Well, we just have!

I e.mailed Maya yesterday asking her a couple of foodie questions (where she bought her flower-shaped Polvoron moulds, and where I could purchase Black Sesame Powder in Brunei) and she e.mailed straight back with the answers, and inviting me to a Hari Raya Open House! 

The Open House was actually at her parents' beautiful house on Jalan Muara.  There were hundreds of people there (including a couple that I knew from school - I told you Brunei was a small country!) and there was lots and lots of excellent food. 

Everything was delicious - even the Beef Lung dish...  I'll try most things once, and I'd even eat that again.  There was also Soto, a lovely chicken noodle soup, plus some very tasty homemade biscuits for dessert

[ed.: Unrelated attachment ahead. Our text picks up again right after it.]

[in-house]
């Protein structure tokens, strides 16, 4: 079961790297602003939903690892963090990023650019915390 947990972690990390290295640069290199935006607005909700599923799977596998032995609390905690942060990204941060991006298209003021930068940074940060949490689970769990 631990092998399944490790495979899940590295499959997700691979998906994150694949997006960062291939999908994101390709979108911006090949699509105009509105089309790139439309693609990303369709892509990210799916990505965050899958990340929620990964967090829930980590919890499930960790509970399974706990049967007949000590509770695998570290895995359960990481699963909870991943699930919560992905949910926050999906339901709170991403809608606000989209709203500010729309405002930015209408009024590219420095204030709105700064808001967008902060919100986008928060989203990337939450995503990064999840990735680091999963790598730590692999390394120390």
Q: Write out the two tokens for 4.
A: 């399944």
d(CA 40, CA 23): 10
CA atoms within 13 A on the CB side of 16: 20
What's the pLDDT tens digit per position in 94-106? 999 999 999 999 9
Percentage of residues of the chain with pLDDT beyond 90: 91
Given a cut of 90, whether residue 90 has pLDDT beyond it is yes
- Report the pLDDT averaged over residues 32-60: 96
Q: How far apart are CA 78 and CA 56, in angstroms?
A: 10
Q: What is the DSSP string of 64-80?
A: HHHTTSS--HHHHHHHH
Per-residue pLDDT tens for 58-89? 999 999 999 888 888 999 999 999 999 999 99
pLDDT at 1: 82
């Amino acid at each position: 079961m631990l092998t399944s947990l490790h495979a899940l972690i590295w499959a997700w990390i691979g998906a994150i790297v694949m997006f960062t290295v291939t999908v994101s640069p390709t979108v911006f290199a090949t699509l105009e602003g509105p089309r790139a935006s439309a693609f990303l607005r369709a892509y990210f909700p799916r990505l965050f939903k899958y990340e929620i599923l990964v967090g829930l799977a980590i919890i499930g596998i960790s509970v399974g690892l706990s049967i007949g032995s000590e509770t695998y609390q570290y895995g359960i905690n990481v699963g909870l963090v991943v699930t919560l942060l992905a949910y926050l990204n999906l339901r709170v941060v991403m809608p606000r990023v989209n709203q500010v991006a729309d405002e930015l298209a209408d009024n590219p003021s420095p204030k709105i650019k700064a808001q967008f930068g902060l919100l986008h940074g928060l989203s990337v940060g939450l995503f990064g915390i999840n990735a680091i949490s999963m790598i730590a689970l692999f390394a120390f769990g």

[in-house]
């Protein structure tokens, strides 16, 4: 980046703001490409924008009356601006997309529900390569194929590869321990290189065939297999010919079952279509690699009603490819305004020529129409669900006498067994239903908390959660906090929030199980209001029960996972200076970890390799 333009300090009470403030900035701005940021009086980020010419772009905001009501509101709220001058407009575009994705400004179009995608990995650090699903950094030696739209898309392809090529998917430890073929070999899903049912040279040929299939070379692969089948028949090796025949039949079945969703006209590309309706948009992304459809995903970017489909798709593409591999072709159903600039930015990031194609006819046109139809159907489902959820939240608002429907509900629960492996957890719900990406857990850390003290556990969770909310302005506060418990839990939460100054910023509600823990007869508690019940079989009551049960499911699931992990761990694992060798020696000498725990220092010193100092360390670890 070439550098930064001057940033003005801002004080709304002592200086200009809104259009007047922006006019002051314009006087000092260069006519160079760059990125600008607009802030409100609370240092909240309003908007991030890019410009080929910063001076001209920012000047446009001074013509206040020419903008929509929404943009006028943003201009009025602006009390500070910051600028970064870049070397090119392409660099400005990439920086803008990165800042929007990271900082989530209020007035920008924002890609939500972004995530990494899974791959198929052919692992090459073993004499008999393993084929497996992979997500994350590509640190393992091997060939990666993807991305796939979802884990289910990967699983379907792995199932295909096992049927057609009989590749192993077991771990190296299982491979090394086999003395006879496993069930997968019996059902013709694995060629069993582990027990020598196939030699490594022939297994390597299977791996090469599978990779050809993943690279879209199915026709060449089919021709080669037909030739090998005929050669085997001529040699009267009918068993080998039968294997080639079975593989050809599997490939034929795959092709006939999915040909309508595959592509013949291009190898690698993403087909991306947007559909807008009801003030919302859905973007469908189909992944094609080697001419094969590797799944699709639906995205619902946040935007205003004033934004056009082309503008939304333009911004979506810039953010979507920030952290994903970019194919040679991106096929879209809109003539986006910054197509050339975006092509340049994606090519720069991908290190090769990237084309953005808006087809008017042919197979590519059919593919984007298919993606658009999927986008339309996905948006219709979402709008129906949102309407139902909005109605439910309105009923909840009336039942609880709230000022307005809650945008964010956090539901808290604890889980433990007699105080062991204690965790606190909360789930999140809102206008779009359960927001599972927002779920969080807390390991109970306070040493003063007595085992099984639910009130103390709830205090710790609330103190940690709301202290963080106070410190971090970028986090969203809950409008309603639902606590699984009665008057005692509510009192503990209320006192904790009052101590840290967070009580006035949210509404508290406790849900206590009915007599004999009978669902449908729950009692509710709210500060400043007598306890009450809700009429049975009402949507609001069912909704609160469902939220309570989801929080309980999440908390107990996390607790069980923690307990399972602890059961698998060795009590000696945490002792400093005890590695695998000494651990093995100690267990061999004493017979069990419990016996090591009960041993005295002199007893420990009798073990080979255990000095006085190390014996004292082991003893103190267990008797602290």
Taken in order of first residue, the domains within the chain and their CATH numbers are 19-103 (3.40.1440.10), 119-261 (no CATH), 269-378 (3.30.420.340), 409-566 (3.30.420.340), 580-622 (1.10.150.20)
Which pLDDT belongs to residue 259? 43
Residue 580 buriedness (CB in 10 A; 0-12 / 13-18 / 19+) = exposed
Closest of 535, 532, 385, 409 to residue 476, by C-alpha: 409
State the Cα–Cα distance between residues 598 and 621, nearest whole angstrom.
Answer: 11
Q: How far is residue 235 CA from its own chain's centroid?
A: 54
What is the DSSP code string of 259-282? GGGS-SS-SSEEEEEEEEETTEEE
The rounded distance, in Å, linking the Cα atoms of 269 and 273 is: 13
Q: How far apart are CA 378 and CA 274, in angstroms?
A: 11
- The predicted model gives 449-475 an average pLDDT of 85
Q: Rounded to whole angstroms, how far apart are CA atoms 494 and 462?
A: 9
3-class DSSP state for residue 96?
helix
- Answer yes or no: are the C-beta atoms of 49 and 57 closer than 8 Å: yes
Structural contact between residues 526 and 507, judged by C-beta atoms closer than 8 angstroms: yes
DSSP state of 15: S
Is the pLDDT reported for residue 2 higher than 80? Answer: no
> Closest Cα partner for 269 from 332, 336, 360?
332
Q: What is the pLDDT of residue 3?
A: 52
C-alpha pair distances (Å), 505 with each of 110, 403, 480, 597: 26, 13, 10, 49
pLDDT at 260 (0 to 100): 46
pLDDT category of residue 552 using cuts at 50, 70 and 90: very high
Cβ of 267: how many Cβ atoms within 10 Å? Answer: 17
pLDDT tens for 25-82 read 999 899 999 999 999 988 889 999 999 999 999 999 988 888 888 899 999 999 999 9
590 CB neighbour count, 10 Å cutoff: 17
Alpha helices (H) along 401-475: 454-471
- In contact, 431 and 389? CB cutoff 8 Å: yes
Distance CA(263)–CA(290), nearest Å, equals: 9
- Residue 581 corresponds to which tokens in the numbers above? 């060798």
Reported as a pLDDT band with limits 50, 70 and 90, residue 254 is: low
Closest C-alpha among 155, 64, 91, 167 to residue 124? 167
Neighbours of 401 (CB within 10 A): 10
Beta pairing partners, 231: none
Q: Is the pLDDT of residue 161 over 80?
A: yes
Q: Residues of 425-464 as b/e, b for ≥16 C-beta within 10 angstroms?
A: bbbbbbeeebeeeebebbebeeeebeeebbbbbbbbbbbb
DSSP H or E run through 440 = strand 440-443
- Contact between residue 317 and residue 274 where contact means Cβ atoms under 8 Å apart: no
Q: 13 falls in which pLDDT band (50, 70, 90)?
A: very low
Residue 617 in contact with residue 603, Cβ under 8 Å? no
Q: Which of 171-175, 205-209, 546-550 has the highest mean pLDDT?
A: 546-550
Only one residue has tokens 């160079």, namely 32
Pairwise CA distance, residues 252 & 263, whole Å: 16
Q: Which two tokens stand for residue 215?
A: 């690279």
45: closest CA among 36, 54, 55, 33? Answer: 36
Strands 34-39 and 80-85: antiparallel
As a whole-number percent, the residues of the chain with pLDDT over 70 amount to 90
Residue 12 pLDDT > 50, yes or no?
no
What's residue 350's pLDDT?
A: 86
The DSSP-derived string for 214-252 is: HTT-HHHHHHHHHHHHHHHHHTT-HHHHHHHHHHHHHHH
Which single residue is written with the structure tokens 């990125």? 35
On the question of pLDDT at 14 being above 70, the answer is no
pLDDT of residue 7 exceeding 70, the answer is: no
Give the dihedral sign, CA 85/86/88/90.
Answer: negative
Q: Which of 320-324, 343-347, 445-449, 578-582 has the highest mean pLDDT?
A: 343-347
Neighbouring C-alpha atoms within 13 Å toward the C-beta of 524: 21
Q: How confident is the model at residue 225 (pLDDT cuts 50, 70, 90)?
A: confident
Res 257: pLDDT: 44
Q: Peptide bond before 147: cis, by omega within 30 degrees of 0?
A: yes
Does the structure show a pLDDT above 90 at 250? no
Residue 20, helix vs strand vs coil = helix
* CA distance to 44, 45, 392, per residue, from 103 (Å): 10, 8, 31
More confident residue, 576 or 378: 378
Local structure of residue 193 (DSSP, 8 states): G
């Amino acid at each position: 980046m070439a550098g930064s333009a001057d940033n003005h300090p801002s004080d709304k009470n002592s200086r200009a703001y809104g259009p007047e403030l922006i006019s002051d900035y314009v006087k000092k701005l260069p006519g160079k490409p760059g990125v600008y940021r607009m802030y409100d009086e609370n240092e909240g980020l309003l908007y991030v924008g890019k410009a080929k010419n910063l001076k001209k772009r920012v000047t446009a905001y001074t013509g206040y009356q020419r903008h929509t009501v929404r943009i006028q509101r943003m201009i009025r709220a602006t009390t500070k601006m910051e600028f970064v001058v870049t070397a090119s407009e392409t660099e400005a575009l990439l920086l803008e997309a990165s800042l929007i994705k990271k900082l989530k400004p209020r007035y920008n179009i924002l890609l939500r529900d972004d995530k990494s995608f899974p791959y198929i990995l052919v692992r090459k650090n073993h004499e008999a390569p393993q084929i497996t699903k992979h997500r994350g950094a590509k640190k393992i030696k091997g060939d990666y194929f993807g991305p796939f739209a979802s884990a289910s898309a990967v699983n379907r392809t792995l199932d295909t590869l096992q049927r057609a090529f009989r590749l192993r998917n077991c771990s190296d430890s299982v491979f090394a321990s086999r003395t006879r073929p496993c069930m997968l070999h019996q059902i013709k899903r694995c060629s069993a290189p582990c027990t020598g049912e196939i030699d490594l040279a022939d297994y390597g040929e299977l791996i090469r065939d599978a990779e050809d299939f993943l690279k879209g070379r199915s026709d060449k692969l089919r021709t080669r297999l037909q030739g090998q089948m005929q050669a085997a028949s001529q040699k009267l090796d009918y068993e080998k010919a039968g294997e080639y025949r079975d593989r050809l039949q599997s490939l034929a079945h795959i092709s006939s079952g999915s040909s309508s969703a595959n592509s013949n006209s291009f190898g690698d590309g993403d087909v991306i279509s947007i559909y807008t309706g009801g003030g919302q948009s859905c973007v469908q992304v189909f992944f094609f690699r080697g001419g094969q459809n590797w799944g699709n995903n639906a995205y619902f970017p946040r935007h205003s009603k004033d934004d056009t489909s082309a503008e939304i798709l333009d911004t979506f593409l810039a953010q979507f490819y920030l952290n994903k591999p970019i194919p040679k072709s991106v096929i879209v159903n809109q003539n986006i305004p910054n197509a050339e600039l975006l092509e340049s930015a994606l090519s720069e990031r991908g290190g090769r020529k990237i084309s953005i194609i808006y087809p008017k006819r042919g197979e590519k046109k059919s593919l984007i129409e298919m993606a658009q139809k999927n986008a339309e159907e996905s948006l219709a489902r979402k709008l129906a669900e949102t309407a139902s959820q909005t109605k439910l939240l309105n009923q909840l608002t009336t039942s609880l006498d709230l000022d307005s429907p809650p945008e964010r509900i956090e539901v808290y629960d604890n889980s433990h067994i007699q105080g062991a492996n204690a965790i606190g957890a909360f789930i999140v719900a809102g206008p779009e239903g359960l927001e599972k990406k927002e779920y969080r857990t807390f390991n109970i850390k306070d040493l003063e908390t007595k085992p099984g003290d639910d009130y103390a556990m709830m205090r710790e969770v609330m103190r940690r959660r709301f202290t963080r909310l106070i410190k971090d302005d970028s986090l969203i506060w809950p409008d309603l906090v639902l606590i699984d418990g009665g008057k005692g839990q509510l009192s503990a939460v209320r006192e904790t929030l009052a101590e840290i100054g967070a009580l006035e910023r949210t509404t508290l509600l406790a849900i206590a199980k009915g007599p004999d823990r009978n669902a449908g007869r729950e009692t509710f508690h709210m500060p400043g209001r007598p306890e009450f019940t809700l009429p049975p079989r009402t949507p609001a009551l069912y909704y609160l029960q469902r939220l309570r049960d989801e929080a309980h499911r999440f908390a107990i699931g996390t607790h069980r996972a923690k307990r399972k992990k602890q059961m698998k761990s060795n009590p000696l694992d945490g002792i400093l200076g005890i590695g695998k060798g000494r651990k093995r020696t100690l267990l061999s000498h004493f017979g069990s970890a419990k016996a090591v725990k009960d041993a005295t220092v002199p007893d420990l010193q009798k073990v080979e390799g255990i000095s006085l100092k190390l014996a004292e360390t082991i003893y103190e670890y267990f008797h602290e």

Everyone is always so friendly at these events and I chatted to Maya of course, but also some of her lovely friends and family.  One of her relations is the Bruneian Ambassador to Belgium, and he had been to school in Salisbury, my home town.  Small country, small world!

Anyway, Maya was of course a delight, just as fun and friendly as I had known she would be.  We asked her lovely daughter to take a couple of photographs of us together.  "Do a friendly pose!" she said:

And then we just got a bit silly!

Thank you Maya for the invitation - I know we'll meet again soon!

Mango Bread and Butter Pudding